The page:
An important part of the SOS “Save our Curlews” campaign is knowing how many breeding pairs there are, where they are, and the population trends across the County.

In 2019, around 94 – 115 pairs were found altogether, the vast majority of the County population. Over 320 CWG members participated, and put in over 2,370 hours, a clear indication of the commitment of local people to saving our Curlews.

In 2020, the surveys were disrupted by Coronavirus restrictions, but the 10 Community Wildlife Groups located 93-111 Curlew territories

In 2021, these Groups will again be repeating their Curlew surveys (also looking for Lapwing, and, as an optional extra, a number of other threatened species). This usually involves three half-day visits, around 1 April, 1 May and mid-June.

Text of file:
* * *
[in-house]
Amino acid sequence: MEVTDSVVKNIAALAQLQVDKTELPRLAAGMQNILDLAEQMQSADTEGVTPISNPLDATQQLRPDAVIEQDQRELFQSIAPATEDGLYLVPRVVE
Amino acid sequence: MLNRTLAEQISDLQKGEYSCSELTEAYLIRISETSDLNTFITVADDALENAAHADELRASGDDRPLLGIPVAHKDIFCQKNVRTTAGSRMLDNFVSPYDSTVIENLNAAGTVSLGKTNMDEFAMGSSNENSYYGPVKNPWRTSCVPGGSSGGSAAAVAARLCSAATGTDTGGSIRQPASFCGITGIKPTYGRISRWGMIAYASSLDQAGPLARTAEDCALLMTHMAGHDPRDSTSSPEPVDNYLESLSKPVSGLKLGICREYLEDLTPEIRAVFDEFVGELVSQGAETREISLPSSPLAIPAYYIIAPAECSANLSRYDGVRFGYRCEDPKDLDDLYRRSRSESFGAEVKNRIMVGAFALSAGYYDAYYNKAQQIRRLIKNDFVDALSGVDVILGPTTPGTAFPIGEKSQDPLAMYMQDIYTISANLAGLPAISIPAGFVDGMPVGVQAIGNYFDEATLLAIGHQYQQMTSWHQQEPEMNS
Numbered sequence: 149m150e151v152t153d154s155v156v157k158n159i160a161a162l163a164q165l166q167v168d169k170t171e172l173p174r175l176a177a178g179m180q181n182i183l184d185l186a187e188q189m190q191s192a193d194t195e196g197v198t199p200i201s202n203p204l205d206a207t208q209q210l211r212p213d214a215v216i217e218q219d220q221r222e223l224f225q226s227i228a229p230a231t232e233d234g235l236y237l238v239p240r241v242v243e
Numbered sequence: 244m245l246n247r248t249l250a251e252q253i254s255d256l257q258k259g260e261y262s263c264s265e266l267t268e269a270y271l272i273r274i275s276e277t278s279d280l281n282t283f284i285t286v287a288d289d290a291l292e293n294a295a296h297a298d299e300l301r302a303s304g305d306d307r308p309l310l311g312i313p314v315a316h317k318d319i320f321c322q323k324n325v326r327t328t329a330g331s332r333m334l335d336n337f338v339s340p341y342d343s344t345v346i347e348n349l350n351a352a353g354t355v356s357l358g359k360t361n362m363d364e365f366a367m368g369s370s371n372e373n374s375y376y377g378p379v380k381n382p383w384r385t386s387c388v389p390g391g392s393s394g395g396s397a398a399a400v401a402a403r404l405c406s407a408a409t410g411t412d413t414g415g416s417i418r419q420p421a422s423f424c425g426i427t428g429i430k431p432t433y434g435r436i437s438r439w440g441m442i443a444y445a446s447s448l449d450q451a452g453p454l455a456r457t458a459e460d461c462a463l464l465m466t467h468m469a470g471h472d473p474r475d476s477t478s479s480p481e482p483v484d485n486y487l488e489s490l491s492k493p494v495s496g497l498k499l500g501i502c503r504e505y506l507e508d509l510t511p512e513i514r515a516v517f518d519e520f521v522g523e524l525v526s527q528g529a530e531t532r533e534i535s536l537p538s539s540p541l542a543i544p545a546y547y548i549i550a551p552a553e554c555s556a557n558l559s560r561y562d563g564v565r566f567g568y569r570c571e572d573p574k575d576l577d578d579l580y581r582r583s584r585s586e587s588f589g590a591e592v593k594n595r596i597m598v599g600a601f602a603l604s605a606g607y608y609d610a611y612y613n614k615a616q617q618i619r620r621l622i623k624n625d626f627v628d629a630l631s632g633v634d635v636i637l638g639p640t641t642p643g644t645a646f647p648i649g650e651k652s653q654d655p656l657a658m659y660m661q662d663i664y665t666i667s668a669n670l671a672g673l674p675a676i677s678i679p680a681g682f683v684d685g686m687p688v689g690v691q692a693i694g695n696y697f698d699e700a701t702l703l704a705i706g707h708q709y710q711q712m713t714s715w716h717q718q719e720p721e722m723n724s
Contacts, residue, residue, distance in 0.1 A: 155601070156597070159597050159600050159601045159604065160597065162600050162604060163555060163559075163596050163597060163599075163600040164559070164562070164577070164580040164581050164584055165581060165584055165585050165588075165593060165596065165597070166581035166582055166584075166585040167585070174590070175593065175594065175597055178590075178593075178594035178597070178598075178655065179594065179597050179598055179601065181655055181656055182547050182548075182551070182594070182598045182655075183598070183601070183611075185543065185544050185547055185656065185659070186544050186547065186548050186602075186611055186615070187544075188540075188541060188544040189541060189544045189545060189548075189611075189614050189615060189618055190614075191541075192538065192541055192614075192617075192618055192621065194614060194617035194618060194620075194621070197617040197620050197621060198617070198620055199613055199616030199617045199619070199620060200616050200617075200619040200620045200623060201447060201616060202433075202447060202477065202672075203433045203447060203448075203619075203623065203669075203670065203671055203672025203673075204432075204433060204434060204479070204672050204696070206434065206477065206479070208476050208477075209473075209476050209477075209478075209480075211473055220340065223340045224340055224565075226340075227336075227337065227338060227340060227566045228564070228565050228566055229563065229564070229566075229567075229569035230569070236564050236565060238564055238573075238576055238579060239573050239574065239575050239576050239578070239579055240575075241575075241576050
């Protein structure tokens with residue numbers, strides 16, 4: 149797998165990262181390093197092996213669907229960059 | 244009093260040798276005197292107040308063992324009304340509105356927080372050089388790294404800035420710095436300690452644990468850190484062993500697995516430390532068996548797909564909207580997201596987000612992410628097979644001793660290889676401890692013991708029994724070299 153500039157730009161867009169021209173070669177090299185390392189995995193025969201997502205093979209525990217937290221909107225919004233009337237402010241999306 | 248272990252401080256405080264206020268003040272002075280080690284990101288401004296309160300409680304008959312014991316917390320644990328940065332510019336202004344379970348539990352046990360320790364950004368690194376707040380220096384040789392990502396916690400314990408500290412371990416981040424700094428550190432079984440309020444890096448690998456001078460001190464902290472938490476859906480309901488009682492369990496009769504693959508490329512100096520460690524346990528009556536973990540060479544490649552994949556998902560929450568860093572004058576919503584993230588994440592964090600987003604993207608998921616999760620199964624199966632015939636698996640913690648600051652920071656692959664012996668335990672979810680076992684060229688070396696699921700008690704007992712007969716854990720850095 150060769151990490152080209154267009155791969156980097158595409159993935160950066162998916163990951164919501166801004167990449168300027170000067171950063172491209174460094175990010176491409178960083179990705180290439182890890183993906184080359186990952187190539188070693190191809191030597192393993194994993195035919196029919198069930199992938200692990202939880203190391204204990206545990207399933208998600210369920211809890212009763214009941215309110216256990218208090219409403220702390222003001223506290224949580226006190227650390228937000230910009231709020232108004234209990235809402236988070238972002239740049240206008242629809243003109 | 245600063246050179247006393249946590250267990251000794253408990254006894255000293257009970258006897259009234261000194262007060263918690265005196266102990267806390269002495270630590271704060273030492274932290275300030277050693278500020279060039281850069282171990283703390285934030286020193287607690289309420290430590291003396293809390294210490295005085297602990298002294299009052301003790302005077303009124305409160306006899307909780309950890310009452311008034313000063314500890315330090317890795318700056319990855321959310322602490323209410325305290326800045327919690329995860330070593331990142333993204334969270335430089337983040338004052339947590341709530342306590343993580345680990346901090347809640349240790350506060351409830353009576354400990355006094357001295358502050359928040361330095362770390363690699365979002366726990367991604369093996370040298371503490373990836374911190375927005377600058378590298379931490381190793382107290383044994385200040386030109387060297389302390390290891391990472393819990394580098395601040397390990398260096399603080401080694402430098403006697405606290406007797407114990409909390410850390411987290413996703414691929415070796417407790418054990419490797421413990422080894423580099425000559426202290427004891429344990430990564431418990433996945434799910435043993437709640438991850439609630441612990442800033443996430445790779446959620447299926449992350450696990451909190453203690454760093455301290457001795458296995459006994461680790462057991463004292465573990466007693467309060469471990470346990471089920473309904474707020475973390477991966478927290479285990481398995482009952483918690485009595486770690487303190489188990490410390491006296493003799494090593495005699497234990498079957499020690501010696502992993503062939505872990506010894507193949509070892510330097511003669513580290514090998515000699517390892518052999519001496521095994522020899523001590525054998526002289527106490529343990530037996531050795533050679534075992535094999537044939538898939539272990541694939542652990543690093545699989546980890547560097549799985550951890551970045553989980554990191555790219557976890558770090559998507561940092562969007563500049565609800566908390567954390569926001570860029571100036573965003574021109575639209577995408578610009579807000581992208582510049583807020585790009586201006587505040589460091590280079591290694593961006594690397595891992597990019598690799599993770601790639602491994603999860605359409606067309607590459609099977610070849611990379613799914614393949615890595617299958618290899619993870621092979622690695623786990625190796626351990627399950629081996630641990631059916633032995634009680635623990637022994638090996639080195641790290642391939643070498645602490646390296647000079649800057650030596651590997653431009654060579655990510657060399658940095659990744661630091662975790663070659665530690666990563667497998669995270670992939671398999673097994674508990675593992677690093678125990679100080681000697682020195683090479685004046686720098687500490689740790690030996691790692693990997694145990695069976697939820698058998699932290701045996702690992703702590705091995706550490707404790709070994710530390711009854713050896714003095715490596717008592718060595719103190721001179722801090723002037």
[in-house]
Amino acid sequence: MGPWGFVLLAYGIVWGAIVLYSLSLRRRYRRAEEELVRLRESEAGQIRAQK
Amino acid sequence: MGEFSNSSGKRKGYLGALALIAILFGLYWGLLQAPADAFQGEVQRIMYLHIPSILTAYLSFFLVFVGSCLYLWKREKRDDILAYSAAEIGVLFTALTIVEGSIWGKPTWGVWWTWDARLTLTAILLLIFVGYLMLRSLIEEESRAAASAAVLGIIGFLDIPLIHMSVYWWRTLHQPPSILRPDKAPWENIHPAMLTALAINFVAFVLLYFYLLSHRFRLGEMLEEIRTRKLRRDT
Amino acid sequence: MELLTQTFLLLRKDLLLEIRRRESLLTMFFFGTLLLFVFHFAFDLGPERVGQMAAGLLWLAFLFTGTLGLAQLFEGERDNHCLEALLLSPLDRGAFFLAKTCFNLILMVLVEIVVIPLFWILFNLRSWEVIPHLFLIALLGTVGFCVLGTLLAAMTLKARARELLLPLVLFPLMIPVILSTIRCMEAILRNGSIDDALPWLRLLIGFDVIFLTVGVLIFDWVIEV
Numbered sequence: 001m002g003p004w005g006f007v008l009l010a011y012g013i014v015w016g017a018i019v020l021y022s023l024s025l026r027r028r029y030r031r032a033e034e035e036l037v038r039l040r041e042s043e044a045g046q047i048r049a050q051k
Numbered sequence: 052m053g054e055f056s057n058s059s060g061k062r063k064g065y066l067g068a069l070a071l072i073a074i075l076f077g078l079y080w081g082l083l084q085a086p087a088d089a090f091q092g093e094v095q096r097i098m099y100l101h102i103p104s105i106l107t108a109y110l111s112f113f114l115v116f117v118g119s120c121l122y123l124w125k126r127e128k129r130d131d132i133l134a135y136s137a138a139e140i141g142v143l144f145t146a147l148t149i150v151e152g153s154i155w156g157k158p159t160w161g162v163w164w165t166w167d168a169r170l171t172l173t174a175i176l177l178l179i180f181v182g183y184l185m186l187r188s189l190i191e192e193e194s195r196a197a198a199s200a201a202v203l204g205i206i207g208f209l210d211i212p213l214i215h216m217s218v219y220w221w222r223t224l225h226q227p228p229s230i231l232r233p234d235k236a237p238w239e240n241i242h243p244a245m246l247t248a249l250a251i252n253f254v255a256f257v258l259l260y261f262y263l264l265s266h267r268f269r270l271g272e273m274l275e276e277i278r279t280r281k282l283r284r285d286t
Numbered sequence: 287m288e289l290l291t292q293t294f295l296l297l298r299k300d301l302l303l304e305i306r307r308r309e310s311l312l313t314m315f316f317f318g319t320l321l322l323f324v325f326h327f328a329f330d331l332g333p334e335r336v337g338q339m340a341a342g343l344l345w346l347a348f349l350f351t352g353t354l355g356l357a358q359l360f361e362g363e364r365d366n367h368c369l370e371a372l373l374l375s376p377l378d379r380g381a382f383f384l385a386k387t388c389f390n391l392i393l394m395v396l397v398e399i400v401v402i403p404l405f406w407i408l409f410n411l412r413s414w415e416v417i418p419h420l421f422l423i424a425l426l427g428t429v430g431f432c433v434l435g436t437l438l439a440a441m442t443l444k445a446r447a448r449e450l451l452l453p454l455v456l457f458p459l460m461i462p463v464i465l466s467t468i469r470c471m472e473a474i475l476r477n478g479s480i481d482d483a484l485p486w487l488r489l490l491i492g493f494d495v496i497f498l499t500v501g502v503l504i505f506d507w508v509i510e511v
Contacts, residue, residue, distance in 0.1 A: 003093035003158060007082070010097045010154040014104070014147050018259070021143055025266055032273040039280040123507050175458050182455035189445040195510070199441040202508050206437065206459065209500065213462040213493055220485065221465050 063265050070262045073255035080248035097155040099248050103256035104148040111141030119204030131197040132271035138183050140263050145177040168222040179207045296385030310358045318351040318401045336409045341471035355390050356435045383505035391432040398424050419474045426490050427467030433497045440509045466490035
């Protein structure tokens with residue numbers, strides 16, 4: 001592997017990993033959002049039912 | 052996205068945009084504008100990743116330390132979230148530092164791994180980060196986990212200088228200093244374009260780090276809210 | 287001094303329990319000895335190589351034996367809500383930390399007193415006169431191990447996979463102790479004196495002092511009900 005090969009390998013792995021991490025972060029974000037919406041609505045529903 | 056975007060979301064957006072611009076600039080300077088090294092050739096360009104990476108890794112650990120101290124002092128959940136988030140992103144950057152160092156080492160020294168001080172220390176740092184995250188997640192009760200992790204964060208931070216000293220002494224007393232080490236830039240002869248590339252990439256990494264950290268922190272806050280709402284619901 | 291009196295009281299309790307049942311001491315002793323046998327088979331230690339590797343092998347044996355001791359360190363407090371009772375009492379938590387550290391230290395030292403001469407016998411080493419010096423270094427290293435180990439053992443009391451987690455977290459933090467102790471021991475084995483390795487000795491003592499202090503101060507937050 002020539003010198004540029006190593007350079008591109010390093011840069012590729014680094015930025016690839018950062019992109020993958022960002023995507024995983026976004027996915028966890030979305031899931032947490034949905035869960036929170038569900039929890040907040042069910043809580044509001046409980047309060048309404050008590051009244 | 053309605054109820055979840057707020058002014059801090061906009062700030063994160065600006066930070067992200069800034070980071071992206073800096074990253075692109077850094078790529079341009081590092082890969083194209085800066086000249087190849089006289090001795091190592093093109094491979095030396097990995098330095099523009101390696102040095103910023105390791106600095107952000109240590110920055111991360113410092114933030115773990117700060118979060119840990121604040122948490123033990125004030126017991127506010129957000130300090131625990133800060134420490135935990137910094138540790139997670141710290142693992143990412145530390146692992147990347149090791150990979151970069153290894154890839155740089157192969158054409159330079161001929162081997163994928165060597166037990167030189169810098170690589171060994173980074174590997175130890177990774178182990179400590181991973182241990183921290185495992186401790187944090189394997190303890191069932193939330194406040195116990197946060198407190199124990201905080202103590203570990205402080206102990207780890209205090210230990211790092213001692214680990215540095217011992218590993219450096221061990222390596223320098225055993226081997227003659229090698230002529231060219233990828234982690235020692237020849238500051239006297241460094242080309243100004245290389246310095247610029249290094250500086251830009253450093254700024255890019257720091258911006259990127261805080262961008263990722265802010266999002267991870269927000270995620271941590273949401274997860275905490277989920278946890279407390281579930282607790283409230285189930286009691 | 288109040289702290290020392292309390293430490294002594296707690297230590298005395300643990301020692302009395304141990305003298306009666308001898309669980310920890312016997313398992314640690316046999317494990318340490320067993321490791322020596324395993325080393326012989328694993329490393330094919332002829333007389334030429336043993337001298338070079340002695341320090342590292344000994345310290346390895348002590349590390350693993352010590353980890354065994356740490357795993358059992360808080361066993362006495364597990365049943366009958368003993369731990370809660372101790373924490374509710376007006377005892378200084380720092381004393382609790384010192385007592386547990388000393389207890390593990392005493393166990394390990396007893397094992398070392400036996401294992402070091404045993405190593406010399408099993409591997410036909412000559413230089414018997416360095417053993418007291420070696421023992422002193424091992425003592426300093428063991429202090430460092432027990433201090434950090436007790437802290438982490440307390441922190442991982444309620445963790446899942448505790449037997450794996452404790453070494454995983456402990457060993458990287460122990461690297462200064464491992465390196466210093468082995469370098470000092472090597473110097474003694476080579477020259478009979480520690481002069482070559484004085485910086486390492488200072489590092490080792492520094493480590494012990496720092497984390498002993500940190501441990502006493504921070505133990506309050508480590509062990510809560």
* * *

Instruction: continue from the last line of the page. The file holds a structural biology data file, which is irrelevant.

All the groups need more helpers.

For further information about the “Save our Curlews” campaign see the SOS website,

Anyone who wants to help the Save our Curlews campaign is encouraged to get involved in one of the Community Wildlife Groups.

View the Curlew distribution map and Community Wildlife Groups areas here.